PH Origins: Composite wheels

In 1959, a Citroën ID 19 secured first place in the gruelling Monte Carlo Rally. The car, crewed by Paul Coltelloni, Pierre Alexandre and Claude Desrosiers, had fought off numerous competitive rivals - such as the Jaguar Mark 2 and Porsche 356 - to top the leaderboard.

Citroën had been rallying a DS since 1956 but the ID 19's victory, according to the company, compelled it to enter more races. It quickly established itself in the rallying scene, with ID 19s, DS 19s and DS 21s proving successful in a plethora of events.

Consequently, when the technological masterpiece that was the SM arrived in 1970, the decision was made to enter the new model in the 1971 Morocco Rally. A heavy, complicated coupe might seem an inadvisable choice for such an event but Citroën rarely ever took the logical, straightforward route - and was often all the better for it.

The cars would first campaign in Group 4, and permitted modifications were relatively few and far between. One element the engineers were keen to change, though, was the heavy steel wheels. These weighed in at some 11kg, contributing to the SM's comparatively hefty 1450kg kerb weight and reducing the effectiveness of its suspension and steering.

There were also concerns over durability, as impacts and flexing could bend or break the wheels. This issue also occurred with lighter aluminium alternatives, curtailing their possible use.

Michelin, which was controlling shareholder of the brand at the time, held the answer to Citroën's problem. It had, since the mid-1960s, been working on prototype injection- and compression-moulded wheels that used plastics, resins and fibreglass. There was a glut of potential advantages to such a wheel, ranging from reduced mass through to quick, painless manufacturing.

Reductions in the weight of the wheel, as well as being beneficial from a handling and ride standpoint, could also bring down the cost and weight of a vehicle itself - because the lighter rims would permit lighter chassis and suspension components.

In order to prove the capabilities of the technology, Michelin designed a set of advanced composite wheels for use on the SM rally cars. These wheels were reportedly fabricated out of sheet moulding compound, a reinforced composite produced by mixing fibreglass strands with resin, which was then compression moulded to form the one-piece wheel. The wheels weren't entirely fibreglass and resin, though, as a little metal reinforcement was added around the mounting holes to protect against cracking.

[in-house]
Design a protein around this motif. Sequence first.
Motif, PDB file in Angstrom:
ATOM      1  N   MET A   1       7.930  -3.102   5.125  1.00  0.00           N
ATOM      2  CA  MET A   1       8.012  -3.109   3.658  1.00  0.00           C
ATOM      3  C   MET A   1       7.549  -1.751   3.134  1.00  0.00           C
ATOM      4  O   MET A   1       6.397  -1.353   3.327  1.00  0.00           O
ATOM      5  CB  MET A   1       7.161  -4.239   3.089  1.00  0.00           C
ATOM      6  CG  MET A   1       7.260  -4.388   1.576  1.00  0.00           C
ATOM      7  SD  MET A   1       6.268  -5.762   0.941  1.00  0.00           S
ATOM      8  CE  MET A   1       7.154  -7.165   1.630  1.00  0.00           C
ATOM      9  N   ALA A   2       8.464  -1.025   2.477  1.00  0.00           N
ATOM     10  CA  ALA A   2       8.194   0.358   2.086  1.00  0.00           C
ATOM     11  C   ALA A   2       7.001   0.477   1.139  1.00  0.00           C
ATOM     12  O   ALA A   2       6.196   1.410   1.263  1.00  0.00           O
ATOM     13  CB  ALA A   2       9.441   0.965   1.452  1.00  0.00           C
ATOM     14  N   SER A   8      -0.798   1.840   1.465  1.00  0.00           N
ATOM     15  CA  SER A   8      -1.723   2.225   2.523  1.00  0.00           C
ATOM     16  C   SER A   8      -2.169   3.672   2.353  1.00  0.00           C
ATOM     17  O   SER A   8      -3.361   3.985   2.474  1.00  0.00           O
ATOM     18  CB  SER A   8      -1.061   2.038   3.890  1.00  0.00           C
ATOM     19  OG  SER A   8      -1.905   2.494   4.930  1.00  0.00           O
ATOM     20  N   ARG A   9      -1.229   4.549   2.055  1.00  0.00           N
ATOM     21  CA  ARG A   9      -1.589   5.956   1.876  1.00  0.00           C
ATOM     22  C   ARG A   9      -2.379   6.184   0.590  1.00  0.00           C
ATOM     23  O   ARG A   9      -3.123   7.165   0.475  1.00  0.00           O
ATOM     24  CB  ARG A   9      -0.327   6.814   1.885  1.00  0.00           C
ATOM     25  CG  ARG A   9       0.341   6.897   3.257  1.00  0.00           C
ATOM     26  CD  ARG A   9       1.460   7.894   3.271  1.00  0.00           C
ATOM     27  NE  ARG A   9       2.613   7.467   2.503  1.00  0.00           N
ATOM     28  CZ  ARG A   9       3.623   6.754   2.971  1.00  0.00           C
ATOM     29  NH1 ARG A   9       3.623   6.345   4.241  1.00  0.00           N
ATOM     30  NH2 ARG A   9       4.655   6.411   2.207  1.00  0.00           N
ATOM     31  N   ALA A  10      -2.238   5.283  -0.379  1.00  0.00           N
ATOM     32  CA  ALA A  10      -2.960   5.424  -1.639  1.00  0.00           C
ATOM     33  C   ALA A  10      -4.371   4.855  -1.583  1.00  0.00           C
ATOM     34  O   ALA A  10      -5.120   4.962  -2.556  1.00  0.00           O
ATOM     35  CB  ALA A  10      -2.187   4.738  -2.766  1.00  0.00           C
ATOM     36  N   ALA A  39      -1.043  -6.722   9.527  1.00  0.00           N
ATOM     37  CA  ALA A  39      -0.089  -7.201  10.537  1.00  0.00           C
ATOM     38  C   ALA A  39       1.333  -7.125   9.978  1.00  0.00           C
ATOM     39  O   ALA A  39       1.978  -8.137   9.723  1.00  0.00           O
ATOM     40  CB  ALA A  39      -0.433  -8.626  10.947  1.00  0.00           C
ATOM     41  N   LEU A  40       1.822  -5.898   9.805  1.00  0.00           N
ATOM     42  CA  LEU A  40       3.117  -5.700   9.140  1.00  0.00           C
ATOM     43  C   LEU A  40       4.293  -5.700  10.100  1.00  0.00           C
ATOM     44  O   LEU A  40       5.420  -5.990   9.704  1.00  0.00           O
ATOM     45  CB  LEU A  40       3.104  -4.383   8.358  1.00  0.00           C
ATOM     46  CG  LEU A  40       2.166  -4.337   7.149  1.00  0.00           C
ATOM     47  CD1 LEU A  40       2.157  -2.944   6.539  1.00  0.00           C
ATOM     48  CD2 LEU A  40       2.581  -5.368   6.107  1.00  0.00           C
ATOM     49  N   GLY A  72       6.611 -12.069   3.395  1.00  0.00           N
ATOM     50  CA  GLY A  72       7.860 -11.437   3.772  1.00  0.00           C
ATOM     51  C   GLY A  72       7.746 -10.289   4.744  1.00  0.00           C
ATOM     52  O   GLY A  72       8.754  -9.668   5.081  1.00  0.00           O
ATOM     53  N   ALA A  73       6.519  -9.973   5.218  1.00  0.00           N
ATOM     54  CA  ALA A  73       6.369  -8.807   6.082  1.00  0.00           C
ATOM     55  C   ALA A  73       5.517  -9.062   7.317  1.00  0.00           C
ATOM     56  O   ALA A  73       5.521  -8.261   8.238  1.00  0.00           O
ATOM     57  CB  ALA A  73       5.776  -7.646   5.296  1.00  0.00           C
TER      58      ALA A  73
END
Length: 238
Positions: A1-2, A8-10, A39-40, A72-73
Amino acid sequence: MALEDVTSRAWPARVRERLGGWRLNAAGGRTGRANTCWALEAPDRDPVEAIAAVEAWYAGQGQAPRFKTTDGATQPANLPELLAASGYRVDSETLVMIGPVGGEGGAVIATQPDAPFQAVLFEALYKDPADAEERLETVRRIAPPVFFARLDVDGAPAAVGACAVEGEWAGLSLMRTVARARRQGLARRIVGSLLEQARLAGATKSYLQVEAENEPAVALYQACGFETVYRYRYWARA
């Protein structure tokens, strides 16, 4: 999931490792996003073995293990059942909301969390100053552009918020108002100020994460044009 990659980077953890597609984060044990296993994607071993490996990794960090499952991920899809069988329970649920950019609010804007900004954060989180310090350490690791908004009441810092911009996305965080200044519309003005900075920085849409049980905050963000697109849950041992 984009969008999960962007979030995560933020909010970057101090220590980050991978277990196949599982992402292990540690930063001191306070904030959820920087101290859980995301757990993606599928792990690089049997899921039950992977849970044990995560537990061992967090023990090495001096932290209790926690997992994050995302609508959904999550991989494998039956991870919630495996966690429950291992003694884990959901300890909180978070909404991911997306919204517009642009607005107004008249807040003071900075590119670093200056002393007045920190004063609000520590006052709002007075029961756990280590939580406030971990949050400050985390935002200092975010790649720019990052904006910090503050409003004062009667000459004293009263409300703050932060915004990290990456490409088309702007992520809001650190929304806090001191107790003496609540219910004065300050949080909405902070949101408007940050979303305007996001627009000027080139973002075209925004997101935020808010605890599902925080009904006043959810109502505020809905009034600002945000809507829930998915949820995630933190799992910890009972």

The wheels, dubbed 'RR' for 'Résine Renforcée', were produced at the company's Clermont-Ferrand plant. They measured 6Jx15 and weighed approximately 4.5kg each - which was over 50 per cent lighter than the equivalent steel wheel. They didn't have to be treated with kid gloves, either; according to Michelin they could withstand a load of 500kg each and, when it came to destructive flex testing, they lasted ten times longer than steel wheels.

Further adding to the appeal - from Michelin's perspective, at least - was the fact that they required no labour-intensive machining. The 'plastic' wheel-equipped SM subsequently won the 1971 Morocco rally, during which the wheels proved their durability.

They weren't prohibitively expensive either, despite their advanced nature, with reports suggesting pricing in line with a set of magnesium or alloy wheels. When listed in the options catalogue in December 1971, a set of RR wheels is stated to have cost 1200 French francs. That's equivalent to around £90 or, in today's money, about £1150. The SM, at the time, cost 51,800 French Francs - nearly £3800, or £50,000 today.

Citroën had high hopes for this Michelin innovation and half of all new SMs were expected to roll off the line on these remarkable wheels. Only around 1,250 sets were reputedly produced, though, compared to a total of 12,920 SMs. Seemingly, the price and fairly conventional look of the Michelin RR wheels - and perhaps, more prominently, the limited real-world benefits - worked against them. When production of the SM ended in 1975, so did production of the resin wheels.